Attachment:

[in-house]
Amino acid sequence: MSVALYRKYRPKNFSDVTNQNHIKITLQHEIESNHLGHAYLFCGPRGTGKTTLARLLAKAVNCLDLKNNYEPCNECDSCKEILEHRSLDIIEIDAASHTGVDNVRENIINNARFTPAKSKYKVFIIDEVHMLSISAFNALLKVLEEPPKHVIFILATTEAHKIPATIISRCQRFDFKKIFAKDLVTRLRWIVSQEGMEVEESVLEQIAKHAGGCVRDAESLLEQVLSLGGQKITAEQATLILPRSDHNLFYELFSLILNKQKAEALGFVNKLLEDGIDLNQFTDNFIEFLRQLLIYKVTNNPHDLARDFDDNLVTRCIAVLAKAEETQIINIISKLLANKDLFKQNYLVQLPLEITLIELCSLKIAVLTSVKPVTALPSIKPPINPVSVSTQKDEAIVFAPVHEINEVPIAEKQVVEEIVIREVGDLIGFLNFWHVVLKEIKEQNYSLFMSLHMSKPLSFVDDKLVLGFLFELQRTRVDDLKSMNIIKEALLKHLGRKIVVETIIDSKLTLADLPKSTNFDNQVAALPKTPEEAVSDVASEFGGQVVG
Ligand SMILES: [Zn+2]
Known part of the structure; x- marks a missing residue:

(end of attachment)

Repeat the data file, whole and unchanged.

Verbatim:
[in-house]
Amino acid sequence: MSVALYRKYRPKNFSDVTNQNHIKITLQHEIESNHLGHAYLFCGPRGTGKTTLARLLAKAVNCLDLKNNYEPCNECDSCKEILEHRSLDIIEIDAASHTGVDNVRENIINNARFTPAKSKYKVFIIDEVHMLSISAFNALLKVLEEPPKHVIFILATTEAHKIPATIISRCQRFDFKKIFAKDLVTRLRWIVSQEGMEVEESVLEQIAKHAGGCVRDAESLLEQVLSLGGQKITAEQATLILPRSDHNLFYELFSLILNKQKAEALGFVNKLLEDGIDLNQFTDNFIEFLRQLLIYKVTNNPHDLARDFDDNLVTRCIAVLAKAEETQIINIISKLLANKDLFKQNYLVQLPLEITLIELCSLKIAVLTSVKPVTALPSIKPPINPVSVSTQKDEAIVFAPVHEINEVPIAEKQVVEEIVIREVGDLIGFLNFWHVVLKEIKEQNYSLFMSLHMSKPLSFVDDKLVLGFLFELQRTRVDDLKSMNIIKEALLKHLGRKIVVETIIDSKLTLADLPKSTNFDNQVAALPKTPEEAVSDVASEFGGQVVG
Ligand SMILES: [Zn+2]
Known part of the structure; x- marks a missing residue: